Is it safe to assume everyone on the Citadel (except for the Illusive Man) was killed when the Reapers took control of the station and moved it to the Sol system? The number of bodies in the keeper tunnel Shepard ends up in before the dialogue with TIM and Anderson might support this. LoveWaffle 03:41, March 27, 2012 (UTC)

*I guess that depends. But where did it come from that the relays and Citadel get repaired?--Mike Gilbert 23:48, June 26, 2012 (UTC)

Materials Edit

Do we have any idea or sources what says what the citadel is made of? --Pigachu 18:14, April 7, 2012 (UTC)

"Citadel Tower resembles Reaper" Trivia. Edit

This should be removed. If we are going to put this in here, than we should also add in Arrival's trivia that the blood stain on the wall resembles a Reaper, or in Omega's trivia that is resembles High Charity, and to be honest, I don't even see the resemblance.--Legionwrex (talk) 17:40, July 12, 2012 (UTC)

I think that the resemblance is very apparent, both there and with the bloodstain. The High Charity trivia shouldn't be there, since that's not even from the same game. 17:52, July 12, 2012 (UTC)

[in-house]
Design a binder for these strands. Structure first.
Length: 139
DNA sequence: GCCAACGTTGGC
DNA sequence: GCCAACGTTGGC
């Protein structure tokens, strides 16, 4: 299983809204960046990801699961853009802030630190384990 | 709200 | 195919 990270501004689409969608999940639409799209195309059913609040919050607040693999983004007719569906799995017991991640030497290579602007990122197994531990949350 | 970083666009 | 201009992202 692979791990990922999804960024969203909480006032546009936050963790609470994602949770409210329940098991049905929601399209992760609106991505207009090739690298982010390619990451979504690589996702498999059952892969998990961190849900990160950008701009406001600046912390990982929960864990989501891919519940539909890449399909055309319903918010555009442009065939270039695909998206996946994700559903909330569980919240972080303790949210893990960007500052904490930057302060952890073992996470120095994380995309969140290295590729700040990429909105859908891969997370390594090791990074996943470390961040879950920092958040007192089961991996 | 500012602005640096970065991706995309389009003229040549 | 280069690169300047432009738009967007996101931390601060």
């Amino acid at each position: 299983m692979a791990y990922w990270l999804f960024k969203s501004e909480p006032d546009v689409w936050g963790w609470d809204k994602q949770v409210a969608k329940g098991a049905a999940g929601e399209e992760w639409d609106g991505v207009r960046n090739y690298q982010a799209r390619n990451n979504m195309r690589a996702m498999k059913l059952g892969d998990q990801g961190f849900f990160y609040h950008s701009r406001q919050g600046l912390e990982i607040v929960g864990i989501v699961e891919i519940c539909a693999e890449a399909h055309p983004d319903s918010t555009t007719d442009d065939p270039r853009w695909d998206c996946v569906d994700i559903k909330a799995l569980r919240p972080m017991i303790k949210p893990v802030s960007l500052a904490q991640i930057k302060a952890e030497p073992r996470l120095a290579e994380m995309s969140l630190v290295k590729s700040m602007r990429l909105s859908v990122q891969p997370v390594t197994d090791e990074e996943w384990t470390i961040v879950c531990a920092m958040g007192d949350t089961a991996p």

I disagree, the resemblance is subjective at best, the only things the Tower and a Reaper have in common is a very, very, vague outline.--Legionwrex (talk) 17:55, July 12, 2012 (UTC)
I am pointing this out now since everyone seems to have forgotten it. Each trivia item is on a case by case basis. Using one trivia item's removal or inclusion is not grounds for another. If that was the case, then we'd have a lot more useless trivia. Each trivia must be able to stand on its own. Lancer1289 19:19, July 12, 2012 (UTC)
Yes, and this trivia is not able to stand on its own and should be removed.--Legionwrex (talk) 19:22, July 12, 2012 (UTC)

Are we still discussing this? Seriously, just go look at the picture. Besides being semi-triangular, there are no similarities between the two. This is not trivia.--Legionwrex (talk) 22:14, July 12, 2012 (UTC)